Ken'ichi HANDA writes:
>>> I was unaware that both `choku' in "choku-setsu (in Kanji)" and
>>> `zhi' in "yi-zhi (in Simplified Hanzi)" derived from the same
>>> character (U+76F4 in Traditional Hanzi) until I saw the word "choku-setsu"
>>> written in a Chinese-first Unicode font because their glyphs are quite
>>> different. A Japanese who doesn't know Chinese could fail to identify
>>> the character if it is written in a Chinese font.
>> The important measure of legibility is legibility in context --
>> not identification of isolated glyphs out of context.
>You ignore the fact that Chinese characters are ideograms, not
>phonograms, so each character has some meaning by itself. I
>(Japanese) have a chance to get a mail from some American friends as
>follows in English (but `choku' is represented by Unicode character):
> "What't the meaning of `choku', how to pronounce it?"
>If `choku' is displayed by a correct Japanese font, I can give an
>answer to him, but if `choku' is displayed by a Chinese font, I may
>fail. Since the mail is in English, there's no way to find that
>`choku' should be displayed in Japanese font. Unicode by itself seems
>to be of no use in multilingual text (at least, for CJK characters).
Not exactly. If you know only Japanese, then your system is
with very high probability set up so that it uses a Japanese font
for that character. If you see the character in a Chinese font,
then most probably you also know Chinese. And if you know
both Japanese and Chinese to some extent, you will have noticed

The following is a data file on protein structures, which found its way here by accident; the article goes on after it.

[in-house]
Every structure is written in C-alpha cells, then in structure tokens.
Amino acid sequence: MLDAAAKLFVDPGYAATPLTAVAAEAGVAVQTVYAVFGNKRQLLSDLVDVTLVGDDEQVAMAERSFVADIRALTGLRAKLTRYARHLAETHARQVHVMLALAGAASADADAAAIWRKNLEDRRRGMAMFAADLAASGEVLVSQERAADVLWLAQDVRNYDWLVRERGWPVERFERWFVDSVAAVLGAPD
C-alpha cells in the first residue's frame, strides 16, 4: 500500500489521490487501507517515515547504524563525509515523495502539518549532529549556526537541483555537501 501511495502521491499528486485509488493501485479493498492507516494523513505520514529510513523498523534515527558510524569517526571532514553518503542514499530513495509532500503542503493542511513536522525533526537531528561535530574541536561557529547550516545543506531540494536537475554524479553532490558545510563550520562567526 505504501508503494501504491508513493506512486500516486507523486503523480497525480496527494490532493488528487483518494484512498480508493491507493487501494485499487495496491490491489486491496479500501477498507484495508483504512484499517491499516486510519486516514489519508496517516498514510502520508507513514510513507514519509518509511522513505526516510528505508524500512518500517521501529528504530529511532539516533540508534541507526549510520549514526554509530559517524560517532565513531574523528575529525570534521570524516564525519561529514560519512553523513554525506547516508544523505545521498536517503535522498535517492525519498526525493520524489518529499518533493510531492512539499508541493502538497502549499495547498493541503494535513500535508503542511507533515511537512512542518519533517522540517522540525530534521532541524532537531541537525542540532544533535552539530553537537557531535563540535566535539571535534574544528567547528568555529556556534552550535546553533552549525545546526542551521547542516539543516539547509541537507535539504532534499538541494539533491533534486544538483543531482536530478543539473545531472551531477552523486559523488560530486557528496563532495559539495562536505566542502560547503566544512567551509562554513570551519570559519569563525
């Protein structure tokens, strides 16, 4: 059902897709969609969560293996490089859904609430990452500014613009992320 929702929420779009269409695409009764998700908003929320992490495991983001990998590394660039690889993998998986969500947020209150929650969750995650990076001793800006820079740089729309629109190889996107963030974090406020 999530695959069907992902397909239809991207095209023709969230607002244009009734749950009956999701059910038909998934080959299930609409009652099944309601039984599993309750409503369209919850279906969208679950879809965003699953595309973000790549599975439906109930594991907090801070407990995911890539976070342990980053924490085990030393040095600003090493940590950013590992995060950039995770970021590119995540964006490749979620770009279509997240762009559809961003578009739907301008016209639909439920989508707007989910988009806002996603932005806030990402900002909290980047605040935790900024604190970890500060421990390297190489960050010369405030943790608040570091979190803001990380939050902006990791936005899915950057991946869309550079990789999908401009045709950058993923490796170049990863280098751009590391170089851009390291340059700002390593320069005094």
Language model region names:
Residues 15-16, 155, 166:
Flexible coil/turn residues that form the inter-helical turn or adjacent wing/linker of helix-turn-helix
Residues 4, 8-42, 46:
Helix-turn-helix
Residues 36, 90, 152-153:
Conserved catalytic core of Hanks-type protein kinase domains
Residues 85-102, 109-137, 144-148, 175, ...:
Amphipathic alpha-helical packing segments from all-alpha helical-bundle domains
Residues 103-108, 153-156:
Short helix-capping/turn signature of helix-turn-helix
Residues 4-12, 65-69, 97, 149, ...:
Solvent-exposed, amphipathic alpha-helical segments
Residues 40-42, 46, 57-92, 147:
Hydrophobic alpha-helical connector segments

that the Japanese and the Chinese form are actually the same
character, so you will again have no problem.
Should it happen that you only know Chinese, you will have
installed a Chinese font, will recognize the character,
and will be able to tell your friend what the character means
(with the problem that there might be smaller or larger
differences in meaning depending on the character,
but taking advantage of the nature of ideograms).
In addition, if you know some of the history of characters,
you will (as a Chinese) know that the Japanese form is
very close to the original in seal script, whereas the
Chinese form is a later invention. As a Japanese, you
will know the character "shin" (used in combinations
such as massugu, makkaka, and so on), where the original
form underwent almost the same simplification as
for the other character in Chinese.
In more general terms:
- The difference between the various glyph shapes in this
case is one of the largest in Unicode and one of
those where the glyphs are most difficult to associate
for an uninformed reader. Most differences are much
- Readability counts mostly in context, but there is no
real problem with readability out of context. Anyway,
I guess there are many characters that are difficult
to explain (let alone to give the correct reading in
Japanese) if they appear alone, even on paper.
- It is in general very difficult to know whether two glyph
shapes belong to the same character (in the sense of
having the same historical origin and meaning) or not.
One always finds out new things about CJK characters,
one never knows all. All Unicode can do here, and for
which it does a remarkably good job, is to avoid producing
more errors than if traditional means (i.e. ink on paper)
This archive was generated by hypermail 2.1.2 : Tue Jul 10 2001 - 17:20:31 EDT